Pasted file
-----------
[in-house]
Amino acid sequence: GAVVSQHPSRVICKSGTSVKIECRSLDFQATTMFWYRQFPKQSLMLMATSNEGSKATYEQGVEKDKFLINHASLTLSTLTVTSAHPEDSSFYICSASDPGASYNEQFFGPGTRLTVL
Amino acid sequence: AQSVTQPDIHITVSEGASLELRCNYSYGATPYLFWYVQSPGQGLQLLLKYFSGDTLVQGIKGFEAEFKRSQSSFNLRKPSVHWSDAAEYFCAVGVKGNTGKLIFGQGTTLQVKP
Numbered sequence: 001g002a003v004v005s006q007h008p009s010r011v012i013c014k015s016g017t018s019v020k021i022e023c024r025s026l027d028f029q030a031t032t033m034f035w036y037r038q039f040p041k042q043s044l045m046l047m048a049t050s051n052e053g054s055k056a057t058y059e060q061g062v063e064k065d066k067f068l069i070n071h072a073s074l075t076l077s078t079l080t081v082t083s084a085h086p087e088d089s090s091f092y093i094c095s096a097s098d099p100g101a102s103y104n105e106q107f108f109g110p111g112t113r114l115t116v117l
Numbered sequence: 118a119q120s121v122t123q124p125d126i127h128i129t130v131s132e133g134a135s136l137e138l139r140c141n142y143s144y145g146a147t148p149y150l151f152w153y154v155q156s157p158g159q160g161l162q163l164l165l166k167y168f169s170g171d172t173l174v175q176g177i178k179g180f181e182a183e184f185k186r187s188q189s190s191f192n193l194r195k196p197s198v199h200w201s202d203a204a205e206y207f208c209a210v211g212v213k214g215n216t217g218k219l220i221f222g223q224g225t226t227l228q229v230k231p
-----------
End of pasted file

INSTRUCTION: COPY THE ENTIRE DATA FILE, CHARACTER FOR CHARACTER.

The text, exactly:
[in-house]
Amino acid sequence: GAVVSQHPSRVICKSGTSVKIECRSLDFQATTMFWYRQFPKQSLMLMATSNEGSKATYEQGVEKDKFLINHASLTLSTLTVTSAHPEDSSFYICSASDPGASYNEQFFGPGTRLTVL
Amino acid sequence: AQSVTQPDIHITVSEGASLELRCNYSYGATPYLFWYVQSPGQGLQLLLKYFSGDTLVQGIKGFEAEFKRSQSSFNLRKPSVHWSDAAEYFCAVGVKGNTGKLIFGQGTTLQVKP
Numbered sequence: 001g002a003v004v005s006q007h008p009s010r011v012i013c014k015s016g017t018s019v020k021i022e023c024r025s026l027d028f029q030a031t032t033m034f035w036y037r038q039f040p041k042q043s044l045m046l047m048a049t050s051n052e053g054s055k056a057t058y059e060q061g062v063e064k065d066k067f068l069i070n071h072a073s074l075t076l077s078t079l080t081v082t083s084a085h086p087e088d089s090s091f092y093i094c095s096a097s098d099p100g101a102s103y104n105e106q107f108f109g110p111g112t113r114l115t116v117l
Numbered sequence: 118a119q120s121v122t123q124p125d126i127h128i129t130v131s132e133g134a135s136l137e138l139r140c141n142y143s144y145g146a147t148p149y150l151f152w153y154v155q156s157p158g159q160g161l162q163l164l165l166k167y168f169s170g171d172t173l174v175q176g177i178k179g180f181e182a183e184f185k186r187s188q189s190s191f192n193l194r195k196p197s198v199h200w201s202d203a204a205e206y207f208c209a210v211g212v213k214g215n216t217g218k219l220i221f222g223q224g225t226t227l228q229v230k231p